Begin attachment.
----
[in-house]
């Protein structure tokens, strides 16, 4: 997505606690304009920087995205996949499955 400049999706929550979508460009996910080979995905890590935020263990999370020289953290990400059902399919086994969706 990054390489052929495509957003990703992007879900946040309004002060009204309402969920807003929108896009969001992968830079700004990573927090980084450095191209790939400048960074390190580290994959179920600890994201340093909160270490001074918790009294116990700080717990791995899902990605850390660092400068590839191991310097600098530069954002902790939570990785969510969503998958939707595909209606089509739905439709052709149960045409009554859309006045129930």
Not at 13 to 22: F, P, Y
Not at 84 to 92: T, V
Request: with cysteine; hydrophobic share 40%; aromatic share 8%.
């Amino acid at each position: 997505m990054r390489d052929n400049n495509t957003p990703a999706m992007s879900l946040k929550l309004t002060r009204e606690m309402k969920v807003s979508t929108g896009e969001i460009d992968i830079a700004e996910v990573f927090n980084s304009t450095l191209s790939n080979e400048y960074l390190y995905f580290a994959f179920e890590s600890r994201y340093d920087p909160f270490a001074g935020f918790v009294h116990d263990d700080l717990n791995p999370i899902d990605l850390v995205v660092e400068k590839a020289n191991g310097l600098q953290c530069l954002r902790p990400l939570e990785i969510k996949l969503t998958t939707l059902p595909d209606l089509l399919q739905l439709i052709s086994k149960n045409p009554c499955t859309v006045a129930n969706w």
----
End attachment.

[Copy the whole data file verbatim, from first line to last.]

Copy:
[in-house]
């Protein structure tokens, strides 16, 4: 997505606690304009920087995205996949499955 400049999706929550979508460009996910080979995905890590935020263990999370020289953290990400059902399919086994969706 990054390489052929495509957003990703992007879900946040309004002060009204309402969920807003929108896009969001992968830079700004990573927090980084450095191209790939400048960074390190580290994959179920600890994201340093909160270490001074918790009294116990700080717990791995899902990605850390660092400068590839191991310097600098530069954002902790939570990785969510969503998958939707595909209606089509739905439709052709149960045409009554859309006045129930």
Not at 13 to 22: F, P, Y
Not at 84 to 92: T, V
Request: with cysteine; hydrophobic share 40%; aromatic share 8%.
């Amino acid at each position: 997505m990054r390489d052929n400049n495509t957003p990703a999706m992007s879900l946040k929550l309004t002060r009204e606690m309402k969920v807003s979508t929108g896009e969001i460009d992968i830079a700004e996910v990573f927090n980084s304009t450095l191209s790939n080979e400048y960074l390190y995905f580290a994959f179920e890590s600890r994201y340093d920087p909160f270490a001074g935020f918790v009294h116990d263990d700080l717990n791995p999370i899902d990605l850390v995205v660092e400068k590839a020289n191991g310097l600098q953290c530069l954002r902790p990400l939570e990785i969510k996949l969503t998958t939707l059902p595909d209606l089509l399919q739905l439709i052709s086994k149960n045409p009554c499955t859309v006045a129930n969706w």